In Local Musicians

Woman in red floral dress playing guitar

Clad in a vintage red floral dress, brown leather combat boots and round-framed glasses, Ella Patrick channels Momma Molasses, a name that comes from a lyric of Michael Hurley song, “Momma Molasses broke my glasses.” The name helps Ella transform on stage plus, “it’s fun and people remember it,” she says.

Artists like Bob Dylan, Michael Hurley, Janis Joplin, Hank Williams Sr. and Doc Watson, and groups like The Carter Family are a few of Patrick’s musical inspirations.

“One venue where I played called my genre ‘Alt-Country, Americana, Indie-Folk and Outsider,’ which I think sums it up pretty well, but each of my songs has one wonky and weird chord that makes it a little bit different.”

She also cites her uncle as a muse. “My uncle sang a lot of old country music. When I was little he bought me an old 1960s Suzuki guitar at a thrift store and always encouraged my love for music.”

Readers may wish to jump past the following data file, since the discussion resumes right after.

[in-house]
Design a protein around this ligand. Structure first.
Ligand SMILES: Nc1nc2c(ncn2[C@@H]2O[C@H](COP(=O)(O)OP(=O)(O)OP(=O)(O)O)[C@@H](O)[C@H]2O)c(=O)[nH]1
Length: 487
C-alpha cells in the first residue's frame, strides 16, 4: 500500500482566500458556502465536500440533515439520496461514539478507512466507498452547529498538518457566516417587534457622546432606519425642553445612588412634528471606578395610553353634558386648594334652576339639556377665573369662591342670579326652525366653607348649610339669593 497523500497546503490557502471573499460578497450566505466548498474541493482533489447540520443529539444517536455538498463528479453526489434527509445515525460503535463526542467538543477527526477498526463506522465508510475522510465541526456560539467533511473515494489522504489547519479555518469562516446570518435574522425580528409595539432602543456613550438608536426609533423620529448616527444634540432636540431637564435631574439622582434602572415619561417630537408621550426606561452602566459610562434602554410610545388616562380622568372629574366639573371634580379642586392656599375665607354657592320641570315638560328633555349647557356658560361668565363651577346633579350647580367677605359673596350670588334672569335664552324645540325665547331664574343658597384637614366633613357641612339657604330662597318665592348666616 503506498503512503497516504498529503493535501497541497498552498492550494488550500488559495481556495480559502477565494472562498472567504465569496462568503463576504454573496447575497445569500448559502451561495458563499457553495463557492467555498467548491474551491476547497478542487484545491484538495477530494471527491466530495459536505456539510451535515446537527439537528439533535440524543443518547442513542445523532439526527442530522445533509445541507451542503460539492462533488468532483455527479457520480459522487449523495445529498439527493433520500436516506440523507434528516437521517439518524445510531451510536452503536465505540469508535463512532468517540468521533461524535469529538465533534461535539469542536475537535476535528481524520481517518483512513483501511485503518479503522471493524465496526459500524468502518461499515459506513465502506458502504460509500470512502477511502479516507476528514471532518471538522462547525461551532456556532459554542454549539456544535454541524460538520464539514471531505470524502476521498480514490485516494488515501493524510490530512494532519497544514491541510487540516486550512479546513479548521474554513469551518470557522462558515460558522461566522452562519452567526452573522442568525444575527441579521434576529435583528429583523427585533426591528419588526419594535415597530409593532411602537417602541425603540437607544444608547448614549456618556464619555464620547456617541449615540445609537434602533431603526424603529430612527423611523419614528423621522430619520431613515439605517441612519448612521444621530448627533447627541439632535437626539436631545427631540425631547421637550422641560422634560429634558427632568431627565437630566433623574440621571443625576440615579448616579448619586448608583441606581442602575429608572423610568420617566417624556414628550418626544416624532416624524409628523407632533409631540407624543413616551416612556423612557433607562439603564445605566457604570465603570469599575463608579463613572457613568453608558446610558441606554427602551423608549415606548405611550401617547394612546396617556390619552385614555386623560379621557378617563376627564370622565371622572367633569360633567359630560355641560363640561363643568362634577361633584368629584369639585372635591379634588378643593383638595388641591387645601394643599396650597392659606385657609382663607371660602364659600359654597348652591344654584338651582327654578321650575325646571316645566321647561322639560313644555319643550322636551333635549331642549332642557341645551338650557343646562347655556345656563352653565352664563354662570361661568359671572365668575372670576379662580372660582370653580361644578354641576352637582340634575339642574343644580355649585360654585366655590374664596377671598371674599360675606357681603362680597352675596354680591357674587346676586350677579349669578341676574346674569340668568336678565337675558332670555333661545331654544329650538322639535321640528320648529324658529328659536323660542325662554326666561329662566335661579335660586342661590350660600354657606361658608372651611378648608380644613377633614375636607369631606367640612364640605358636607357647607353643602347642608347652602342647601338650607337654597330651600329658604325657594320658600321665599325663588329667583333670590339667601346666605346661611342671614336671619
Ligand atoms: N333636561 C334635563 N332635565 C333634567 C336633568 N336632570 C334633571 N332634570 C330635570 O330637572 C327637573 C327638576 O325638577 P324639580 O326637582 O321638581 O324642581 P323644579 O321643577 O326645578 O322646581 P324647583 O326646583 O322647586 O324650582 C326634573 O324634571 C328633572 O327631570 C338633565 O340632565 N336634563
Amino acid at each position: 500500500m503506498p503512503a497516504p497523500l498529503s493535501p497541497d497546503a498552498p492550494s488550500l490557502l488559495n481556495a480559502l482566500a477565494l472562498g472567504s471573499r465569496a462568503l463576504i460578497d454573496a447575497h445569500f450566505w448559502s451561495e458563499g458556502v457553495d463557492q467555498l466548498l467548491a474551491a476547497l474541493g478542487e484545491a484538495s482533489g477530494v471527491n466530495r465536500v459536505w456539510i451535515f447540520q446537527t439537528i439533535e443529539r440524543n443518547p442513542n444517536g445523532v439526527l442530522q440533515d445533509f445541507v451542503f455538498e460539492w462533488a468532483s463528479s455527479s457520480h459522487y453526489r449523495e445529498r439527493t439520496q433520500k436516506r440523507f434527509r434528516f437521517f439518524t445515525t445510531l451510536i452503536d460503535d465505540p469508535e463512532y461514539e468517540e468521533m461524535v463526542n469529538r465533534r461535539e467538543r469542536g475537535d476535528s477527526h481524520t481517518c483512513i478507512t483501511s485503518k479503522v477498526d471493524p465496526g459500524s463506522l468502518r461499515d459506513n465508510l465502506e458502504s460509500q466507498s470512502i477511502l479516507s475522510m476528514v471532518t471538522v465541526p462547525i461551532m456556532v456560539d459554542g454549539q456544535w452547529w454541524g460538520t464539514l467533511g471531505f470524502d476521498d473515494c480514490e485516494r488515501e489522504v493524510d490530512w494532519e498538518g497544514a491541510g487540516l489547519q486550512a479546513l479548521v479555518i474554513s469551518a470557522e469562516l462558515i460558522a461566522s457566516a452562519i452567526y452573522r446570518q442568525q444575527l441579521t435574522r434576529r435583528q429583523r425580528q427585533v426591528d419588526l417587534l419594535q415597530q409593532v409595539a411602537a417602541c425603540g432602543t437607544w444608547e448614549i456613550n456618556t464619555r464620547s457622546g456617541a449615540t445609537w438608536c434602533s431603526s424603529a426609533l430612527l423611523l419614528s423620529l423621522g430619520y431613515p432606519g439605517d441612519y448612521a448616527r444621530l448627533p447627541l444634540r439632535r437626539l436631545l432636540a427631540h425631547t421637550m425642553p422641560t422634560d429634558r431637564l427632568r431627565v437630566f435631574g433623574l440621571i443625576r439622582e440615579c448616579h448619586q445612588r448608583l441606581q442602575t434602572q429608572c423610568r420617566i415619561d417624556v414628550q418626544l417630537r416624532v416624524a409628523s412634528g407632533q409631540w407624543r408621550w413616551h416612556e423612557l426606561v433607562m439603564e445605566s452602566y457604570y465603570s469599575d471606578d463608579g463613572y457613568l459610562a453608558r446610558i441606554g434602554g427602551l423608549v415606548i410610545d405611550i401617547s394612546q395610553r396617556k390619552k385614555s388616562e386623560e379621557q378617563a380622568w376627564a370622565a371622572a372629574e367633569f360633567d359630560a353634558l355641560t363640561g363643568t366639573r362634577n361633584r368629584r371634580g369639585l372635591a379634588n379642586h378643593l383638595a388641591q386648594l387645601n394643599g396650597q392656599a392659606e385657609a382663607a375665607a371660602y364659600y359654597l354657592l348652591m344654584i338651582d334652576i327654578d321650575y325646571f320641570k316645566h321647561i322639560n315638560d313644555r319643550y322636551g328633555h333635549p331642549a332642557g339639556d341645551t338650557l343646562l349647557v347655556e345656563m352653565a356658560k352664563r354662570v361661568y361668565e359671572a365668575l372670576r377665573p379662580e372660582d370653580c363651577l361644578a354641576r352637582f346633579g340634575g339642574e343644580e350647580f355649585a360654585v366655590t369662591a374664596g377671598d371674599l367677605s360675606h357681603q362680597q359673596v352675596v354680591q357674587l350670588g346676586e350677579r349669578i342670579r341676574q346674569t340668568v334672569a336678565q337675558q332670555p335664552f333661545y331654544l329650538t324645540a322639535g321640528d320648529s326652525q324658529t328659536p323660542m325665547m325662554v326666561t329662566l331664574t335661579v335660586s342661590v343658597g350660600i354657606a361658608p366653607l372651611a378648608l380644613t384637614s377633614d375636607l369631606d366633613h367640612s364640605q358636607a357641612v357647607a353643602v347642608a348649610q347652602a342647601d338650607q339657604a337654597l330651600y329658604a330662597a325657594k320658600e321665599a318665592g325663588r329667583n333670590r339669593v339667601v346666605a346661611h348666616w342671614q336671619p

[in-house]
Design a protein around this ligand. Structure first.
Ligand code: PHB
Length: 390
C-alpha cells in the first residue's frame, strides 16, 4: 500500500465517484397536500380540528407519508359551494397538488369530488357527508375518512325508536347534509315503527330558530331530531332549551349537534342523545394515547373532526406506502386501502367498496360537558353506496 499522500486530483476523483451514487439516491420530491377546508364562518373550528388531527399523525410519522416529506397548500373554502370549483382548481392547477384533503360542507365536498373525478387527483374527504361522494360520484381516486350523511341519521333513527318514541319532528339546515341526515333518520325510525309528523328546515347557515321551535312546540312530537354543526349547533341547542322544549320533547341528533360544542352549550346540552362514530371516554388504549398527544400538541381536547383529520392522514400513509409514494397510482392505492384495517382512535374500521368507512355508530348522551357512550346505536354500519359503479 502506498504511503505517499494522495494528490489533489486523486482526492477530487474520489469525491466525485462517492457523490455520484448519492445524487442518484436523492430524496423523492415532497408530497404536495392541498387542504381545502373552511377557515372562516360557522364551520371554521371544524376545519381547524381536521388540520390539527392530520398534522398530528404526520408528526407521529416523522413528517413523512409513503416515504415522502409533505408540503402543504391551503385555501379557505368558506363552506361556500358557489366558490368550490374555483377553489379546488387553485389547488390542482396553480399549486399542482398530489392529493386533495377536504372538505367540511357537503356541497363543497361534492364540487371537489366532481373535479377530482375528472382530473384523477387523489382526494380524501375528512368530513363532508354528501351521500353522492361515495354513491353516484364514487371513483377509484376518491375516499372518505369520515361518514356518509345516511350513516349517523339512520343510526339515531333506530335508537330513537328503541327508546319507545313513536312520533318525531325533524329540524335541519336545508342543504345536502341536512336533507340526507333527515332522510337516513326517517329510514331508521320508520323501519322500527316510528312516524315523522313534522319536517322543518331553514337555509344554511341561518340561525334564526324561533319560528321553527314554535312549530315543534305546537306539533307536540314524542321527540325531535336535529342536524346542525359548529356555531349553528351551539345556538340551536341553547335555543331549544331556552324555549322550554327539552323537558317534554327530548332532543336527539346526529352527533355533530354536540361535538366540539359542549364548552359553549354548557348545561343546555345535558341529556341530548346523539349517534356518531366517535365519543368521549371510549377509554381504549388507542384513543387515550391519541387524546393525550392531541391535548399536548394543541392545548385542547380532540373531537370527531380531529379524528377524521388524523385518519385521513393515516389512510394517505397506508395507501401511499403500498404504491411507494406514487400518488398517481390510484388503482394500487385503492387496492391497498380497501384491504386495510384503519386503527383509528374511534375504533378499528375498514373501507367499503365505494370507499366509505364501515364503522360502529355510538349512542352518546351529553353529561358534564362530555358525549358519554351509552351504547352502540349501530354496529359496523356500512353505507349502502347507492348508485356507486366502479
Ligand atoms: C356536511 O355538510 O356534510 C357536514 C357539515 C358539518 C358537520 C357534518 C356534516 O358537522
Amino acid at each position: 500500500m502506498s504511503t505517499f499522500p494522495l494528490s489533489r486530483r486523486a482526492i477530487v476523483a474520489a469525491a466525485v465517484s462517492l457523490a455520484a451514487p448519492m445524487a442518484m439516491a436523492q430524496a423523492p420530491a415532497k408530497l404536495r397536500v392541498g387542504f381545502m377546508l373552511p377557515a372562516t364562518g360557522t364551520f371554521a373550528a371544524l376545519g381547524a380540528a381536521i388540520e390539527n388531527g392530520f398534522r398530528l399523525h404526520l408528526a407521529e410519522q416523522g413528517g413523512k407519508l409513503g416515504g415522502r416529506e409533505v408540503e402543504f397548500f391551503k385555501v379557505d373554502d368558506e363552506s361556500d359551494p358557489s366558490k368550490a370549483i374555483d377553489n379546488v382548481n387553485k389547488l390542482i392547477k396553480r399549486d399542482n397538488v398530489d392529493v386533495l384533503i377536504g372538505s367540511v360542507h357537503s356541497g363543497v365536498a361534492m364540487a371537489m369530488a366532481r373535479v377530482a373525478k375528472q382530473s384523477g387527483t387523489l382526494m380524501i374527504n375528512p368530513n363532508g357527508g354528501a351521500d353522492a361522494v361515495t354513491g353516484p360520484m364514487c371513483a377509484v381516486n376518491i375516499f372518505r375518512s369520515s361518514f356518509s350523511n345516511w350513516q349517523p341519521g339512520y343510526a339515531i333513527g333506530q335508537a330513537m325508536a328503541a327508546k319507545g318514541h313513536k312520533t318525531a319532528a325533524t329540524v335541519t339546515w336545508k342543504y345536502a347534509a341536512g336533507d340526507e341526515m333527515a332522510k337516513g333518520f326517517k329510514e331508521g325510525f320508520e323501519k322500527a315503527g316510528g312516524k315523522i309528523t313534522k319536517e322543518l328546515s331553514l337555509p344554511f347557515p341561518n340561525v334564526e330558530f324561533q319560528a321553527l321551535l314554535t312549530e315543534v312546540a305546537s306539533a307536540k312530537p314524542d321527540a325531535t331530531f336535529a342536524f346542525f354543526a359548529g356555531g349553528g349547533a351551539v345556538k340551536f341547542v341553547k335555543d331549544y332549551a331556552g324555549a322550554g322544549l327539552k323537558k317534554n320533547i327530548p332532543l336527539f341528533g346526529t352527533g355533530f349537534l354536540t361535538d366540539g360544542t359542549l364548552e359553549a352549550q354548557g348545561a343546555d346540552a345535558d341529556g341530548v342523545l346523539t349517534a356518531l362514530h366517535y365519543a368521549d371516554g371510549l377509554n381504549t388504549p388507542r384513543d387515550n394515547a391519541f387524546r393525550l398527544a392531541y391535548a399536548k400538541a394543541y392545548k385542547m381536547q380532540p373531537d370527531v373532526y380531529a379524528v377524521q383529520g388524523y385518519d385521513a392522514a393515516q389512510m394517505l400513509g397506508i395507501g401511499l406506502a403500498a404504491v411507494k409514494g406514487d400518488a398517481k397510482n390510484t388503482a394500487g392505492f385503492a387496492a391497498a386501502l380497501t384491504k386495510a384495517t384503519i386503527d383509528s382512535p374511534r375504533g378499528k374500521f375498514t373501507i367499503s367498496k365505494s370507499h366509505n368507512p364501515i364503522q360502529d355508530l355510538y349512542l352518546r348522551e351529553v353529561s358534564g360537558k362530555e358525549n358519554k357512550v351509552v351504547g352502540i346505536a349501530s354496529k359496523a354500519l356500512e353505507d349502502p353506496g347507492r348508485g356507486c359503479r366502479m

Patrick also credits Carthage, her hometown, for influencing her career: “Growing up in a small, southern community has helped shaped my sound, which is something that I never really meant to happen, but it just kind of did,” she says. “I grew up singing a lot of Gospel music in church, so that’s something I’ve always carried with me.”

Momma Molasses’ second album, “Anthems from A Broken Heart,” (launched June 24) was produced at Casino Guitars in Southern Pines by Patrick’s friend, James Villone. “She’s good at music, and not many people are,” Villone says. “When I meet someone who is good at music, I automatically want to help them.”

“I just want to make music and make a living,” Ella says. “To do that, and to be able to do it consistently … that would be awesome.”

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